BANNED & RECOVEREDArtists Respond to Censorship, an exhibition at two venues
San Francisco Center for the Book Aug. 15-Nov. 26, 2008 Public reception Fri., Aug. 15, 6-8pm Gallery hours: Mon-Fri, 10-5; Sat, 12-4
African American Museum and Library at Oakland Sept. 5-Dec. 31, 2008 Public reception Fri., Sept. 5, 6:30-9:00pm Gallery hours: Tues-Sat, 12-5:30
It's not just the books under fire now that worry me. It is the books that will never be written. The books that will never be read. And all due to the fear of censorship. — Judy Blume, children's book author
San Francisco, CA, July 25, 2008 — In a first-time collaboration, the San Francisco Center for the Book (SFCB) and the African American Museum and Library at Oakland (AAMLO) are presenting the exhibit Banned and Recovered: Artists Respond to Censorship, opening August 15 in San Francisco and September 5 in Oakland. AAMLO is a division of the Oakland Public Library.
Curated by Hanna Regev, the exhibit features work from more than 60 artists working in a variety of media. With most artists interpreting a banned book of their choice, the project provides a unique forum for visual artists to respond to the suppression of literary art. The exhibit, with different work on display at each location, will run through November 26 in San Francisco and December 31 in Oakland. Participating artists include Enrique Chagoya, Sandow Birk, Mildred Howard, Emory Douglas, Naomie Kremer and many others.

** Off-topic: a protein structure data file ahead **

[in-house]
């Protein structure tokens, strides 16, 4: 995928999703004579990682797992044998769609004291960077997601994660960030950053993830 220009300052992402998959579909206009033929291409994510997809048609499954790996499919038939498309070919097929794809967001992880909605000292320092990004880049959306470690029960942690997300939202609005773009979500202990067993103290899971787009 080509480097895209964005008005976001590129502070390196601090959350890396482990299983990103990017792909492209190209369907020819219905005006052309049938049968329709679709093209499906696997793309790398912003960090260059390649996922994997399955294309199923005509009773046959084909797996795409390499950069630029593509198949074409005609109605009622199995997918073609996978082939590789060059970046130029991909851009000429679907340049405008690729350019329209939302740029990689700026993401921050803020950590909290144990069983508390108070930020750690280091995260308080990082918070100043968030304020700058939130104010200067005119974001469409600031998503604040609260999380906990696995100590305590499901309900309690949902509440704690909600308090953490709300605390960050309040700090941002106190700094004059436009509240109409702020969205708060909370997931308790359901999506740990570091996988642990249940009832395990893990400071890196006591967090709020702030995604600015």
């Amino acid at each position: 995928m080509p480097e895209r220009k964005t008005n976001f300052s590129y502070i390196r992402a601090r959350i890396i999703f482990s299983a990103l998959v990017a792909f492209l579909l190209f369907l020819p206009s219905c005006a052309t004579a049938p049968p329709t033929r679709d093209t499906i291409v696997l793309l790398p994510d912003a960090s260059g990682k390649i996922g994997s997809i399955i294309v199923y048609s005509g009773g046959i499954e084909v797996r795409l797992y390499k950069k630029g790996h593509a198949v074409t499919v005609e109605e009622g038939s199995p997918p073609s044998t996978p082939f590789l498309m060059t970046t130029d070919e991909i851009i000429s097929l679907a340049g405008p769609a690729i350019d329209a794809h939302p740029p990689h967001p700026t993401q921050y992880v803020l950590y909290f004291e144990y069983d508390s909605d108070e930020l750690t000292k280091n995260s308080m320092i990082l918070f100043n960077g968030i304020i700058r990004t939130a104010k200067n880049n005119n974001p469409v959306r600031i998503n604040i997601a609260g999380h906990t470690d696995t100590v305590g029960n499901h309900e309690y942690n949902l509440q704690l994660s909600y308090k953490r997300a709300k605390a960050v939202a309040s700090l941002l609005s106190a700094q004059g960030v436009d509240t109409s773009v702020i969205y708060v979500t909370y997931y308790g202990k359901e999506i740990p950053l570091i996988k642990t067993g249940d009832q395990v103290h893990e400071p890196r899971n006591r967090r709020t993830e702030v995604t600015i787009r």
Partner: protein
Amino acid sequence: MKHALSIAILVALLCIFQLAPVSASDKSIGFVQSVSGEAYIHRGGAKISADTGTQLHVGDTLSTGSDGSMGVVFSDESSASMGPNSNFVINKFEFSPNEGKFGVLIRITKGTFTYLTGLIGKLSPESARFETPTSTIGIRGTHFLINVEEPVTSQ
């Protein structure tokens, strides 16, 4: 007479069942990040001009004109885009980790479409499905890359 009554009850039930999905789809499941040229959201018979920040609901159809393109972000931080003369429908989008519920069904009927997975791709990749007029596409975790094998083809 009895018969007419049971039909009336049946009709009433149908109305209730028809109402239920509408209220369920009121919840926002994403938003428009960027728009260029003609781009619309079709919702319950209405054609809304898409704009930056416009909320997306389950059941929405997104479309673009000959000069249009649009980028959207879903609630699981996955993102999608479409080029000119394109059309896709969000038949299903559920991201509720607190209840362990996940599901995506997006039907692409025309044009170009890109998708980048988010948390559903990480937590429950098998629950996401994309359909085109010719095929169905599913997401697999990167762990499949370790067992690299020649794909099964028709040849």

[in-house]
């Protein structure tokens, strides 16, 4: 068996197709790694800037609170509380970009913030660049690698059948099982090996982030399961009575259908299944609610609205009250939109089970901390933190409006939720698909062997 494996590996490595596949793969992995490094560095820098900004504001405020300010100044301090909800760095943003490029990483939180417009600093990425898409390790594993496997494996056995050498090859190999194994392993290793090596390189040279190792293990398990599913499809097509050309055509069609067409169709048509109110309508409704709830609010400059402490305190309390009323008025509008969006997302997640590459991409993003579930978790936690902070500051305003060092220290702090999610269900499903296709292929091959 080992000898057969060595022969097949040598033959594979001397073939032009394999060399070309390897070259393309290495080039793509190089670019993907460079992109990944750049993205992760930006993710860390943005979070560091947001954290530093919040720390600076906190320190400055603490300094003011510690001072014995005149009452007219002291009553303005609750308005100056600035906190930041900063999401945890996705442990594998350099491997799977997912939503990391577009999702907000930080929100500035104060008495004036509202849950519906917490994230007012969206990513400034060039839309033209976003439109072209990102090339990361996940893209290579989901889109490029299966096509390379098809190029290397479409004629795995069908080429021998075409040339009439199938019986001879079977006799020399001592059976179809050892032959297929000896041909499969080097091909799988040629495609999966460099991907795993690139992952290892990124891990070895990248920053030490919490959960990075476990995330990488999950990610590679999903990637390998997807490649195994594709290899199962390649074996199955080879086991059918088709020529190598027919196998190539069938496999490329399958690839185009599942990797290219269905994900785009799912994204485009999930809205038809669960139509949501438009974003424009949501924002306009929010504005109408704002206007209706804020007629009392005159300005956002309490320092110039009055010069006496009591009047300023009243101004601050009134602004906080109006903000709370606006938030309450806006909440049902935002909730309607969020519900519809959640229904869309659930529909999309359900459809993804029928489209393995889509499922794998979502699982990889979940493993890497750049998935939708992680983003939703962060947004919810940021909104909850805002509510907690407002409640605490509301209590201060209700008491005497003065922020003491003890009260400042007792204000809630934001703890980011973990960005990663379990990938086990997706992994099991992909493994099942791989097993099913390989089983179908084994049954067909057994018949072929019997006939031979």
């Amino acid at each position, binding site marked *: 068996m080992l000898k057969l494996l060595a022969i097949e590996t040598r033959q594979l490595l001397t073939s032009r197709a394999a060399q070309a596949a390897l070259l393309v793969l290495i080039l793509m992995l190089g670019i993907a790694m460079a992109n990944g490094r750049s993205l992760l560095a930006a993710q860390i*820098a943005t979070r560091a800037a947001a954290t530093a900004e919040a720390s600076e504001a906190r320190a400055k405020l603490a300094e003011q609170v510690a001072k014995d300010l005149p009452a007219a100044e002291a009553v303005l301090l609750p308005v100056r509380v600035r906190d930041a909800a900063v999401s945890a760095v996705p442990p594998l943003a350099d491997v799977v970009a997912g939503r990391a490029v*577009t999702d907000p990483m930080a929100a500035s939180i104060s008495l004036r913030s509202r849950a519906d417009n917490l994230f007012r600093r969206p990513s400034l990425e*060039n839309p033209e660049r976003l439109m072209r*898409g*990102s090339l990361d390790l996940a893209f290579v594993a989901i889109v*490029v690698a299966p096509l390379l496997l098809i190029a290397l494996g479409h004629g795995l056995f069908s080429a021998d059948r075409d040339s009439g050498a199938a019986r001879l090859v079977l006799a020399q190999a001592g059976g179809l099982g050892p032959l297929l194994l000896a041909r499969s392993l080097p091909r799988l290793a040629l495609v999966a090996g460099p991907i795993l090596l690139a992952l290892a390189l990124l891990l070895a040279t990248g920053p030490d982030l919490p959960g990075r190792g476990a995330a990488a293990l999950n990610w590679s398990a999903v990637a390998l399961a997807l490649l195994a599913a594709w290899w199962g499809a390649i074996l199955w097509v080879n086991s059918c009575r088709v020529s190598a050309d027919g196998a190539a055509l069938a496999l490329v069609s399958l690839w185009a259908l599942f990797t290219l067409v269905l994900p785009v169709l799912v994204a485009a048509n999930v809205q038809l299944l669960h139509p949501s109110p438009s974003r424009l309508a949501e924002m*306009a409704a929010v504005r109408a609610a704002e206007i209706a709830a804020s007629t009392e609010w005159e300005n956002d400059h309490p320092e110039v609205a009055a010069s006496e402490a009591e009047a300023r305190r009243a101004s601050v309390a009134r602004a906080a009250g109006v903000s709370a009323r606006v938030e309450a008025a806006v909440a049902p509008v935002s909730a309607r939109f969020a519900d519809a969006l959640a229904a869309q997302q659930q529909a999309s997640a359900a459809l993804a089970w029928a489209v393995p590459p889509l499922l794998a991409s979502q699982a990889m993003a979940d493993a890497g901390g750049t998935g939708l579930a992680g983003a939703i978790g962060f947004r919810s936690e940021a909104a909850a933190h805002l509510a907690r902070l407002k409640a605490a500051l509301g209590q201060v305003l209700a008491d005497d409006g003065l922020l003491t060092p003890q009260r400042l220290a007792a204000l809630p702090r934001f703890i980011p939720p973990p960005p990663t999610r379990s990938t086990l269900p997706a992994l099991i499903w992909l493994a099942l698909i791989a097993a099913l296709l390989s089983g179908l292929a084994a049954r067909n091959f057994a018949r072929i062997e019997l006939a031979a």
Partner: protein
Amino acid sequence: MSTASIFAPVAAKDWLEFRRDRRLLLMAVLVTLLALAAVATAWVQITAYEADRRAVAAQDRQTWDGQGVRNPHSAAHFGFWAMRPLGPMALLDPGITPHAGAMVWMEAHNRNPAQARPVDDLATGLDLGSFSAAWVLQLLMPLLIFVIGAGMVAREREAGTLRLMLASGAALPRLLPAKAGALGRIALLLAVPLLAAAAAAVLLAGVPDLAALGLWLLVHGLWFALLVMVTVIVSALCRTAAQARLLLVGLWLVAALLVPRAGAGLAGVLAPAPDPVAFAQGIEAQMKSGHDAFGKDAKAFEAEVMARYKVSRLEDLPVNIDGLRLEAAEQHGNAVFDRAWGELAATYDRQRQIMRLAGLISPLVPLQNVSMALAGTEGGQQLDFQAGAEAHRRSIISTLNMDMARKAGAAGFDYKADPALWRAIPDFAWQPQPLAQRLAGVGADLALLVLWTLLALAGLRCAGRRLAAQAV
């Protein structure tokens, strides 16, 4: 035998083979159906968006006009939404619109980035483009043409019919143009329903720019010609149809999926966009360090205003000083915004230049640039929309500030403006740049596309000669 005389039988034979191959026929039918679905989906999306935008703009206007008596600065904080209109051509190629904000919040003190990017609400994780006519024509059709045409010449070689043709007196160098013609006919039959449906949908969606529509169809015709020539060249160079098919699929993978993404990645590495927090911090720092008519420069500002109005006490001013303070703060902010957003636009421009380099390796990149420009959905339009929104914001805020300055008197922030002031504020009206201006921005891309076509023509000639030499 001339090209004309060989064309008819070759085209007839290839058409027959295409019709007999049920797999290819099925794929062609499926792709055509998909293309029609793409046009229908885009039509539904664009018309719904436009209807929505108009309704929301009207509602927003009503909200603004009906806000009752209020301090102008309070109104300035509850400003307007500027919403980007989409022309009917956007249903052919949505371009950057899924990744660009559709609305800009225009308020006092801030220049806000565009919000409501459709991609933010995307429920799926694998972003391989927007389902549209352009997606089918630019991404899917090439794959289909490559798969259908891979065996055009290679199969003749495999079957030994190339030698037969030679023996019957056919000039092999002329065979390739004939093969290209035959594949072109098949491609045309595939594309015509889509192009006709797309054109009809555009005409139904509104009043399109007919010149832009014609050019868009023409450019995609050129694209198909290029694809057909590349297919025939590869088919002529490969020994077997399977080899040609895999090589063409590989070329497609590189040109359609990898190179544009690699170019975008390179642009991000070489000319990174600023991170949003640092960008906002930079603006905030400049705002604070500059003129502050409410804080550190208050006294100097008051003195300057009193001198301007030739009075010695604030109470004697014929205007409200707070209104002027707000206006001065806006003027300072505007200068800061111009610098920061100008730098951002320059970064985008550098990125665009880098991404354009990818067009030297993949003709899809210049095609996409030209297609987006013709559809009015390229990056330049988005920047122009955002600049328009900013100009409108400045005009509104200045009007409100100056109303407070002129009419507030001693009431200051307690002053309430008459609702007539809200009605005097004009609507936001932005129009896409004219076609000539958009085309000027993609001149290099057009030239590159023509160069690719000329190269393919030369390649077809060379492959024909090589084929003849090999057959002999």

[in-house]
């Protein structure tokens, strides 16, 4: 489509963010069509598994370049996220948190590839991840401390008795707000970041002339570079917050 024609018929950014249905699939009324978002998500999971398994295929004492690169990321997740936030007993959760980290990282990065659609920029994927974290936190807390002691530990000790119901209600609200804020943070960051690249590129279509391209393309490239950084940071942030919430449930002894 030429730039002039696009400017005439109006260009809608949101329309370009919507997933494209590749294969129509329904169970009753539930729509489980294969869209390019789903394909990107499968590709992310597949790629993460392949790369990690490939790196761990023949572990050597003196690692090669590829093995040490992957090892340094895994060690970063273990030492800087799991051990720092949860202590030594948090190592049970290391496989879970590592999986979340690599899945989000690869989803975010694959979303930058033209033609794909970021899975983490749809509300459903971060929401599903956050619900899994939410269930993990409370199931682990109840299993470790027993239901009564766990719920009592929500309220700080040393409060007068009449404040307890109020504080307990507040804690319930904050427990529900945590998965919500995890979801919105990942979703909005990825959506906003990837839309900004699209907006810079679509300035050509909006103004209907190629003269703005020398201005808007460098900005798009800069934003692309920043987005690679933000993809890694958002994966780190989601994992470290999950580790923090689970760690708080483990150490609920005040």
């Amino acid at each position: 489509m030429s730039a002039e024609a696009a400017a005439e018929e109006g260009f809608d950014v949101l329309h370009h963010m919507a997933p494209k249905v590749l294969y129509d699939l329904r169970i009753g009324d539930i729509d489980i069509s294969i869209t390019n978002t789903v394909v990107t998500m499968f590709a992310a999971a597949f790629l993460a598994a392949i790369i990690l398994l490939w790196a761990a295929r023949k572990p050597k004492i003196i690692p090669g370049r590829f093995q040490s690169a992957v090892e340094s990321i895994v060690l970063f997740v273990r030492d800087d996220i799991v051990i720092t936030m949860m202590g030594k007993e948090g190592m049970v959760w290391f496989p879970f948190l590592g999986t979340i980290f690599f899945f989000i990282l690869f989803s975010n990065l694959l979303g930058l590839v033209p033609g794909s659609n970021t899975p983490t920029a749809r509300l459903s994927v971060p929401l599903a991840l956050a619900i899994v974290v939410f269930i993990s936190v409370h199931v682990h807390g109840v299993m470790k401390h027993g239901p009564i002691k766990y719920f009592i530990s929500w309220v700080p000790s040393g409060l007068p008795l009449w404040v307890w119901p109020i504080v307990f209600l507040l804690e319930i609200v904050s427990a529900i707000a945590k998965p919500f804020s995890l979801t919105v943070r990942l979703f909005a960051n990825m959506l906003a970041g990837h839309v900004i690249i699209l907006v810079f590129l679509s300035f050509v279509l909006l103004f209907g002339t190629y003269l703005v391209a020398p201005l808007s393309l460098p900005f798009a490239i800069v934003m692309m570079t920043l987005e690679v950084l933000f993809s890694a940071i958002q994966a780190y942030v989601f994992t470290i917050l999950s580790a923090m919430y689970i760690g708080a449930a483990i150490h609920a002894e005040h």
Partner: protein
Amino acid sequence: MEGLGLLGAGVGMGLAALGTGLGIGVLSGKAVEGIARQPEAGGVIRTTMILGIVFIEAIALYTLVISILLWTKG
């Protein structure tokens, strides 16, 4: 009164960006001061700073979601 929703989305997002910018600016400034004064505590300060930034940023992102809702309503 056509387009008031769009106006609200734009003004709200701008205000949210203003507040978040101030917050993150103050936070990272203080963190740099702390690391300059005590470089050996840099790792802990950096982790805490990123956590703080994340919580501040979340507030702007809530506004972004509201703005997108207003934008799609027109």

Banned and Recovered: Artists Respond to Censorship is timed to coincide with Banned Books Week (September 27-October 3), an annual event sponsored by the American Library Association (ALA). Banned Books Week began in 1982 as a response to challenges and threats posed to intellectual freedom in the United States.
According to Steve Woodall, SFCB artistic director, "As an organization dedicated to free artistic expression and the future of the book as a work of art, we're delighted to be co-hosting this exhibition. In an election year, with the future of the Supreme Court at stake, it is particularly timely, and AAMLO has proved to be an ideal partner in this undertaking."
Books that have been suppressed constitute a shockingly wide selection, ranging from colonial-era novels to acknowledged contemporary classics—books such as Fanny Hill, Tom Sawyer, The Color Purple, and the Harry Potter novels. "What's most troubling," says AAMLO chief curator Rick Moss, "is how arbitrary the process is. In keeping with the missions of our two organizations, we all felt this was the most thought-provoking and appropriate way to explore this issue, while dovetailing with the ALA's 2008 theme 'free people read freely.'"
Curator Hanna Regev works with many Bay Area cultural organizations and art galleries, producing public programs in history, art, and museum practice. Regev serves on the board of the First Amendment Project, and is a past president of the Northern California Council of the National Museum of Women in the Arts.